If you truly want to purge crawfish, they need to be flushed for several hours with extremely-fresh, oxygenated water. We began doing this to keep our inventory healthy, but learned that crawfish actually purge themselves while fasting in the fresh, clear water. While labor-intensive, we feel it is the best way to ensure our crawfish are purged and ready to eat.

While we keep our crawfish in this hyper-environment right up until they are shipped, we still recommend rinsing them off with a cool hose once you receive them to not only refresh them, but give them a final shower. Usually the crawfish finish the perge on the trip to you.

You can go ahead and save your salt!

 

Crawfish Myths: Can You Eat Straight-Tail Crawfish?

crawfish myths

If you live in Southern Louisiana, chances are you have been to a crawfish boil.

Crawfish boils are a tradition that are passed down through families with each having their own unique customs, recipes, and etiquette. Some things are constant throughout nearly all boils, however, including what is considered the gospel truth among Louisianans: Never eat the straight-tail crawfish.

One of the first things you learn at a crawfish boil is do not eat the straight-tail crawfish. Supposedly, straight tail crawfish were dead before the boil and are therefore not safe to eat. This bit of advice has been passed down from generation to generation, and it’s one of the most popular myths about crawfish.

Why do crawfish curl when cooked? The abdomen of crustaceans, such as crawfish, usually curls as a result of muscle contraction when cooked. Therefore, the assumption is if their abdomens are decaying or decomposed in any way, it could prevent the muscle from contracting. However, research done by the LSU AgCenter has shown there is no difference in tail curl between crawfish that were alive when boiled and ones who were already dead. The researchers determined the straight tail was most likely a result of putting too many crawfish in the pot at once.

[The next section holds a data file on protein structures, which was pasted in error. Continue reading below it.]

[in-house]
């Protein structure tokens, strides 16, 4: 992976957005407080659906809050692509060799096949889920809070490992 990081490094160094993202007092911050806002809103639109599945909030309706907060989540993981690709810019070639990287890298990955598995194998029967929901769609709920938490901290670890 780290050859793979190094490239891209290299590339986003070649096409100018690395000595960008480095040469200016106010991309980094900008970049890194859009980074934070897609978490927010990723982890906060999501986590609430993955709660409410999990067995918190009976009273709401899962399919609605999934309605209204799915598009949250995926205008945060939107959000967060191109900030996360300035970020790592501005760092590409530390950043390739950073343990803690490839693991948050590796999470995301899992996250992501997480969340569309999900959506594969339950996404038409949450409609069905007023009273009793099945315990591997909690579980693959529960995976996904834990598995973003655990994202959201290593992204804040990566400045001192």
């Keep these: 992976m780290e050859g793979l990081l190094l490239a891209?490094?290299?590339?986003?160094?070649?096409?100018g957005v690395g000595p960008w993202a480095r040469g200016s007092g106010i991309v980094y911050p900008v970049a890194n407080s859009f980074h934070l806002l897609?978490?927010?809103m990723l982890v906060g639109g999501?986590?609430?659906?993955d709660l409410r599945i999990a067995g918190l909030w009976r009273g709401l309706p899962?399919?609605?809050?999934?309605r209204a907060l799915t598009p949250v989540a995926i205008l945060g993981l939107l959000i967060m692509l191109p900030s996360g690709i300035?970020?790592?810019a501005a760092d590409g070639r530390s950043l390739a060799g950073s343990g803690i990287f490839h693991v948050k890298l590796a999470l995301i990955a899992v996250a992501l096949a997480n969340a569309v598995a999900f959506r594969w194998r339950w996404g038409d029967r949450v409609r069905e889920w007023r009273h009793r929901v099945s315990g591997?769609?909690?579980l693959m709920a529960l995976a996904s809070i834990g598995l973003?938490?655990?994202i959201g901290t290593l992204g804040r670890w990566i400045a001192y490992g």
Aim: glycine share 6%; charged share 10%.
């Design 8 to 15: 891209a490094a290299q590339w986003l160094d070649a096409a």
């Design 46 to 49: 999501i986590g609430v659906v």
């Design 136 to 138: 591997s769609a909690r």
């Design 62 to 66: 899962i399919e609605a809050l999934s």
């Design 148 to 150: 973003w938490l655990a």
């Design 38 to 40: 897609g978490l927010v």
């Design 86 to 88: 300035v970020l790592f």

There’s a better way to test if the crawfish is truly edible. If the meat is mushy or crumbles, don’t eat it. Otherwise it should be fine to eat, regardless of the tail curl.

Crawfish Questions: How much crawfish per person?

If you want to have a party or get together for your family and friends, a crawfish boil is a great way to make sure the party is a success. The smell of a crawfish boil will entice your guests to eat (and may even get you a few stragglers from the neighborhood), so it is important to order enough crawfish to feed everyone.

crawfish boil

One of the most common questions we hear at Cajun Crawfish is “how many pounds of crawfish should I order”?

A good guideline for any crawfish boil is 3 pounds per person. However, it is important to take your guests into consideration when you place your order. For example, if your guests are big eaters, you may want to order 5 pounds for those individuals.

Now, if you’re down our way a Cajun will eat 7-10 pounds, so you may need to take out a small loan if you’re having a big boil! The most important thing to remember is it’s all about having fun and eating great food, and combining your live crawfish with a good gumbo and some delicious Cajun treats will make any crawfish boil a success!

Keep in mind, if you order too much, they are delicious cold the next day (stored in your frig or just in ice chest with ice on them). Or our favorite, is to peel the leftovers and make crawfish potato soup with the leftover potatoes, corn and crawfish… it’s so easy and delicious )

Have any questions about crawfish or our company? Let us know in the comments below or share your favorite crawfish boil memory.

Crawfish Questions: Can Pregnant Women Eat Crawfish?

pregnant woman with crawfish

It’s crawfish season again and people across the country – and especially in Louisiana – are gearing up to enjoy delicious, live crawfish at their next boil. Every year, we get a lot of questions about crawfish, cooking instructions, and how much crawfish are in a serving.

One question we get often – and one that is very important – is whether women can eat crawfish while they are pregnant.

This is a great question, and due to high levels of mercury in some types of fish, it is an important thing to consider, especially since the FDA recommends that pregnant women limit the amount of seafood they eat.

Fortunately for crawfish lovers, crawfish is in the class of seafood that is considered to have the lowest levels of mercury by the American Pregnancy Association, as long as it is fully cooked.

If you limit your crawfish to no more than 12 ounces per week, you can enjoy these delicious crustaceans without worry, especially the farm-raised varieties, like our live crawfish.

 

Have any questions about crawfish you would like answered? Leave us a comment below!